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Sunday, September 25, 2022

Congress honors World War II hero Iwo Jima with final salute

Congress on Thursday paid its final salute to Herschel W. “Woody” Williams, the 5-foot-6 “Force of Nature” and the last remaining Medal of Honor recipient from World War II, at the Battle of Iwo Jima.

Seventy years after his wartime heroism, Williams, who died last month at the age of 98, lay in honor in the US Capitol rotunda, a tribute reserved for the nation’s most distinguished private citizens. Only six others have received the honor: civil rights icon Rosa Parks, Rev. Billy Graham and four Capitol police officers.

Just 21, Williams was a Marine Corporal when US forces arrived on the strategic Japanese island in early 1945. Williams advanced from his unit and eliminated a series of Japanese machine gun positions. Facing small arms fire, he fought for four hours, repeatedly returning to prepare demolition charges and receive flamethrowers. President Harry Truman awarded him the Medal of Honor, the military’s highest honor, later that year.

But the new tribute to Williams was more than just his bravery in war service. It served as a mark of recognition for a generation of heroes, now dwindling in number, who fought in World War II. House Republican Leader Kevin McCarthy said Williams wanted Thursday’s ceremony as a way to recognize each Medal of Honor recipient from that war.

House Speaker Nancy Pelosi said during the ceremony, “With Woody’s passing, we have lost a selfless American and an important link to our nation’s greatest generation.”

Pelosi said Williams was far from the largest Marine, standing only 5-foot-6 and weighing 130 pounds, “yet he was a force of nature on the battlefield.” She said that she single-handedly destroyed seven enemy positions, and Truman said she acted with “determination and extraordinary valor”.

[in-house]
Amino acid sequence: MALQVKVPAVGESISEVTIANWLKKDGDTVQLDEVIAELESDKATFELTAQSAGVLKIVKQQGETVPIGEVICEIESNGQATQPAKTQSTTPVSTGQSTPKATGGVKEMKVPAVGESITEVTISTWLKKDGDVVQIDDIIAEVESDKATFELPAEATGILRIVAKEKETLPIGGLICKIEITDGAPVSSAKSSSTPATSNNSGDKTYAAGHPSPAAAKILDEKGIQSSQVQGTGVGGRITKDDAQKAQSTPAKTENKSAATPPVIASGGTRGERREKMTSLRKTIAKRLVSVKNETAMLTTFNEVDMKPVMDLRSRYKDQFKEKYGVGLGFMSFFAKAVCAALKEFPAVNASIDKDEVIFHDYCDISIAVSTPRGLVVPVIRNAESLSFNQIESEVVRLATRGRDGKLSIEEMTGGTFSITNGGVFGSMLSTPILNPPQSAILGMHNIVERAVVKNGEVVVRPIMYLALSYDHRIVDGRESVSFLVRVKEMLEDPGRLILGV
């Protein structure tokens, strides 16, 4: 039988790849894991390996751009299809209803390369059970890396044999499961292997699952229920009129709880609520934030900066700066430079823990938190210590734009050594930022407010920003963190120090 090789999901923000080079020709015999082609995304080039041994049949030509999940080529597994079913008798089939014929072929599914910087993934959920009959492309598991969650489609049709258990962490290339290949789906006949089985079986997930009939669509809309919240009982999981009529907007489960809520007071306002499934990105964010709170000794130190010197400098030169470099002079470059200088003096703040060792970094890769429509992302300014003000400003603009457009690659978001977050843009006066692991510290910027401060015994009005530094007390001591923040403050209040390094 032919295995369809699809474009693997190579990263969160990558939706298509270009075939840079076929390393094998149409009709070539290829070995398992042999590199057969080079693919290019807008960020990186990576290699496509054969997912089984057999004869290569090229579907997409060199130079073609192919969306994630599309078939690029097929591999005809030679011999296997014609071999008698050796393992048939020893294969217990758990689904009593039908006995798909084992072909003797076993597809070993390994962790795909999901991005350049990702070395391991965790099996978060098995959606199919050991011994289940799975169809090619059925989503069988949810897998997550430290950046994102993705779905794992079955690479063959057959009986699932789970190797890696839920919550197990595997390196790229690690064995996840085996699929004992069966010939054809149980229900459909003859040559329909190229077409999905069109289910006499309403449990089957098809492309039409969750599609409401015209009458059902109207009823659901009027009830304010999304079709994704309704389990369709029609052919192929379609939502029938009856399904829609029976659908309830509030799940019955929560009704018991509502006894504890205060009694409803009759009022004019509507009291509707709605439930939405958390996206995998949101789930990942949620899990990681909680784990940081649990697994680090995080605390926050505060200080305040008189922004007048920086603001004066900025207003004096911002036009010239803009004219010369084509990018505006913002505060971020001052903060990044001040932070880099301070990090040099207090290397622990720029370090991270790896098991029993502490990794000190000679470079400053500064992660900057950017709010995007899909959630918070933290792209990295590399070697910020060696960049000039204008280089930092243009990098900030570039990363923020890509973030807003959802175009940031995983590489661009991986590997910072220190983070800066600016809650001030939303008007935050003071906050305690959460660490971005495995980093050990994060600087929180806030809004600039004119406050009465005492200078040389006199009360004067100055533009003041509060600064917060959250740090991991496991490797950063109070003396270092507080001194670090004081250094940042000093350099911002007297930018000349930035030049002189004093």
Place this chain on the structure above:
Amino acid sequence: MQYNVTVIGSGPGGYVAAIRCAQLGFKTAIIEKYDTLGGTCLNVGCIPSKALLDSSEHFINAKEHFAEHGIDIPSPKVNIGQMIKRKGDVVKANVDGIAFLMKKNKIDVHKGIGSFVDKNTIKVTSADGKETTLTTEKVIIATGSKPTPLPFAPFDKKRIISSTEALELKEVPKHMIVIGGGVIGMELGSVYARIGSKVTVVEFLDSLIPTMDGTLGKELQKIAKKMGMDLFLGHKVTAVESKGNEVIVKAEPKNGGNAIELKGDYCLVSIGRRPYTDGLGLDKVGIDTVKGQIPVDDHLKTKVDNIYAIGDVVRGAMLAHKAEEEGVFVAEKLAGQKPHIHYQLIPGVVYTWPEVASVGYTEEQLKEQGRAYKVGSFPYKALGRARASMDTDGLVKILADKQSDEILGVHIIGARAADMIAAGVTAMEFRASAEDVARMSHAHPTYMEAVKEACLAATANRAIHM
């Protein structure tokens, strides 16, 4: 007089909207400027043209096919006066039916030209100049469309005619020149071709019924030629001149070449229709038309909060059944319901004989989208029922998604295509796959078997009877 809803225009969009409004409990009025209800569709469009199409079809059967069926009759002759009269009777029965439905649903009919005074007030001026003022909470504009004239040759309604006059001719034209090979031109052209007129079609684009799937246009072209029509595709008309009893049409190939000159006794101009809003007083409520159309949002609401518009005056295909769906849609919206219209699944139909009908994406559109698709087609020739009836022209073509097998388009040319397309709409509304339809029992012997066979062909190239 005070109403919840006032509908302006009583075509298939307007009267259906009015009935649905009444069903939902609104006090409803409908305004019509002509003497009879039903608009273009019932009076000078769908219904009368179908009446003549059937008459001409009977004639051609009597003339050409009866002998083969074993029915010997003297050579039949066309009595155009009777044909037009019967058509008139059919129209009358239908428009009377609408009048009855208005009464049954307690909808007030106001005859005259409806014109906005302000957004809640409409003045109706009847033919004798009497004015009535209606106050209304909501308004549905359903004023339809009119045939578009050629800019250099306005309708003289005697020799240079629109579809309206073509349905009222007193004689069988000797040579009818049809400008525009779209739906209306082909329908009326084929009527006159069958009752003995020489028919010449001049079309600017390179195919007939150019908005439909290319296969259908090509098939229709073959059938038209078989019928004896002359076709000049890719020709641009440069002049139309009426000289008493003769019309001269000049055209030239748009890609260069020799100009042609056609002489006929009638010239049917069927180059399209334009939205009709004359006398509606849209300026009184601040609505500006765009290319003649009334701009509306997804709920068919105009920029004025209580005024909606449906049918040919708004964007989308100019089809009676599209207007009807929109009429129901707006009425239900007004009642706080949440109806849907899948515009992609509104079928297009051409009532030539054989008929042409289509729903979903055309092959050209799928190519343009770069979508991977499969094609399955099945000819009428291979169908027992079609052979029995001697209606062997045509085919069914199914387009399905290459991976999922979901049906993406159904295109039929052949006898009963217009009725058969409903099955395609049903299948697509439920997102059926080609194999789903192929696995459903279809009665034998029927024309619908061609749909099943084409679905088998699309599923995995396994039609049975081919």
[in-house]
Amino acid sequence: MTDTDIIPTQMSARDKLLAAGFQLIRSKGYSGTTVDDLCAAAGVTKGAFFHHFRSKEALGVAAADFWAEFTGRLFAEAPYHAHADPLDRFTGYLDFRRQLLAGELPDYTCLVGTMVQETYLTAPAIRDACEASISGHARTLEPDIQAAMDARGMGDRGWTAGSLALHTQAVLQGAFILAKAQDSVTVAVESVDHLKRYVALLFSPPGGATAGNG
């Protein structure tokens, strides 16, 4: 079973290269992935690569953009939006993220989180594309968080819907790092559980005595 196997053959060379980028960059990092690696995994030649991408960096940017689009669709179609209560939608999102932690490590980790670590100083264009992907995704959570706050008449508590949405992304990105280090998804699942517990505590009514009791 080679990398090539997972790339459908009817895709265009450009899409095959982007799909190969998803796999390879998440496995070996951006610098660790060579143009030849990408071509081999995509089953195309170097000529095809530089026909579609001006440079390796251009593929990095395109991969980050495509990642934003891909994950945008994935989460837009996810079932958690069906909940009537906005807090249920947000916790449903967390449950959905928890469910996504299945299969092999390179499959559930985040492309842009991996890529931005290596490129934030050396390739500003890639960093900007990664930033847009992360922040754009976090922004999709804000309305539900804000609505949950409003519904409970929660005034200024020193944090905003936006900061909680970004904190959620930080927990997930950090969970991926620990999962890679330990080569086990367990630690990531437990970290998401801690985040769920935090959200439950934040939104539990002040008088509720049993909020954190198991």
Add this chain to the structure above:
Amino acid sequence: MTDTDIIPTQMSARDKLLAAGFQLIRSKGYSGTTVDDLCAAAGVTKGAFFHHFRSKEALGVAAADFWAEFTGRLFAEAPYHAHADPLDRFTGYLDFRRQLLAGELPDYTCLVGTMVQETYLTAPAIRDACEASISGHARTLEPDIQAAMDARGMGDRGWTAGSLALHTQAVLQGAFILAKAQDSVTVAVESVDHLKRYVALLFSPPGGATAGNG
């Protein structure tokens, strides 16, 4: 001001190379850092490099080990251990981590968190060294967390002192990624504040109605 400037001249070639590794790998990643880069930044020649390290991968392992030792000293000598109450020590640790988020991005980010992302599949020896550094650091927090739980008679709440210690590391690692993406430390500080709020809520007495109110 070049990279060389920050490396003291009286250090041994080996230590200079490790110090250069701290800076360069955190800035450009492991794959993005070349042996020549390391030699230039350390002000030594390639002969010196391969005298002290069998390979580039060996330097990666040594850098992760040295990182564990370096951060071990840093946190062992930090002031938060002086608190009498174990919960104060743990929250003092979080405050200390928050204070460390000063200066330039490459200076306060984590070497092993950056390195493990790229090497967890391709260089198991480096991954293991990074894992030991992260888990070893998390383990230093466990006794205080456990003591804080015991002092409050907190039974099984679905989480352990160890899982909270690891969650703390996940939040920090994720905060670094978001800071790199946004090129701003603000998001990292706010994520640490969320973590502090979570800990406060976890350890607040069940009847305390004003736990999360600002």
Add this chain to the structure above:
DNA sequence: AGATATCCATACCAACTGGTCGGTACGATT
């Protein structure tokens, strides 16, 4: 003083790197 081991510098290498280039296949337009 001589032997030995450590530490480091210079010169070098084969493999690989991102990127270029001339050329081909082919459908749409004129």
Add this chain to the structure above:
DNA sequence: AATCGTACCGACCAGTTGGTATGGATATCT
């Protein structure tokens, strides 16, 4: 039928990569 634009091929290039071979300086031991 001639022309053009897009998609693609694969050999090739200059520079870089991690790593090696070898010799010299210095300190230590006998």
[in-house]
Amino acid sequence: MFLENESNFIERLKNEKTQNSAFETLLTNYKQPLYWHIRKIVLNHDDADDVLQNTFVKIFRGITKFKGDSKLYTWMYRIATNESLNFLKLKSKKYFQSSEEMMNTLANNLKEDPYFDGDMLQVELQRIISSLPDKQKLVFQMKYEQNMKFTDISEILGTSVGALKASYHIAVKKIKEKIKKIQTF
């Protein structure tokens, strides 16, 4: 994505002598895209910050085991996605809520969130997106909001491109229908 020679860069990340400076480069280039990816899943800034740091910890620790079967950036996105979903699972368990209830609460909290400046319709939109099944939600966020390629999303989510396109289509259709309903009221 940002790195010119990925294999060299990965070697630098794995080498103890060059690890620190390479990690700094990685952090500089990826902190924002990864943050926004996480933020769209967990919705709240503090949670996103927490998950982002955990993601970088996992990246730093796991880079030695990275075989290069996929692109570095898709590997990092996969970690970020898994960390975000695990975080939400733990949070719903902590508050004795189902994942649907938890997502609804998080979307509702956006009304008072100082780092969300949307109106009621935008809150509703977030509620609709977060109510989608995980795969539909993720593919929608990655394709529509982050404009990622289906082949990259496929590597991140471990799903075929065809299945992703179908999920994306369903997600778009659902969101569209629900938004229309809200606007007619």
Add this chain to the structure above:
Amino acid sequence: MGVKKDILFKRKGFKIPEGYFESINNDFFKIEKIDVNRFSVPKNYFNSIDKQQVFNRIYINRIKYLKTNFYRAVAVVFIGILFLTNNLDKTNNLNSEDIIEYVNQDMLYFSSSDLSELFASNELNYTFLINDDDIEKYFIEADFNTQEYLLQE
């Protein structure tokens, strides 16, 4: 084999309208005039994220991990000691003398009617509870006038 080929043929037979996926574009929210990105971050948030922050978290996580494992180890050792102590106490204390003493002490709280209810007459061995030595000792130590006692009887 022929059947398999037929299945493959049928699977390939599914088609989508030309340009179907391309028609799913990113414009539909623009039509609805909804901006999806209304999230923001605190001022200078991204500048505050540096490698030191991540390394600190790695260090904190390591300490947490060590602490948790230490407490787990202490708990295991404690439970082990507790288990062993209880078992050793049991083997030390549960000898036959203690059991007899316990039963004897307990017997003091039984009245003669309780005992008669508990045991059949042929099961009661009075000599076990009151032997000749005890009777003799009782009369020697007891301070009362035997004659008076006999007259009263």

Lawmakers have applauded Williams throughout the week, marveling at his youth during his actions in Iwo Jima. He also commended his public service after his military career, which included establishing a foundation that works with local stakeholders to build memorials to fallen Gold Star families across the country.

Sen. Mitch McConnell, R-Ky. recalled meeting Williams at one such event in Owensboro, Ky.

“By that time, he had been giving back to his beloved country for 77 years,” McConnell said. “So, needless to say, Woody’s service leaves us a rich legacy.”

Williams was famous in his native West Virginia. In 2018, a Huntington, Va., medical center was renamed in his honor, and the Navy commissioned a mobile base marine vessel named after him in 2020.

Two state senators entered the Senate Wednesday to remember him. Democrat Joe Manchin called him “the greatest of the greatest generation”. Republican Shelley Moore Capito recalled her humility when Truman presented her with the Medal of Honor, Williams recalled asking herself why she had been chosen for the nation’s highest military honor, when The Marines next to them didn’t make it home.

“It shows you what kind of man Woody Williams was, always putting his country and his teammates first and never caring about who got the credit,” Capito said.

This article is republished from – Voa News – Read the – original article.`

World Nation News Desk
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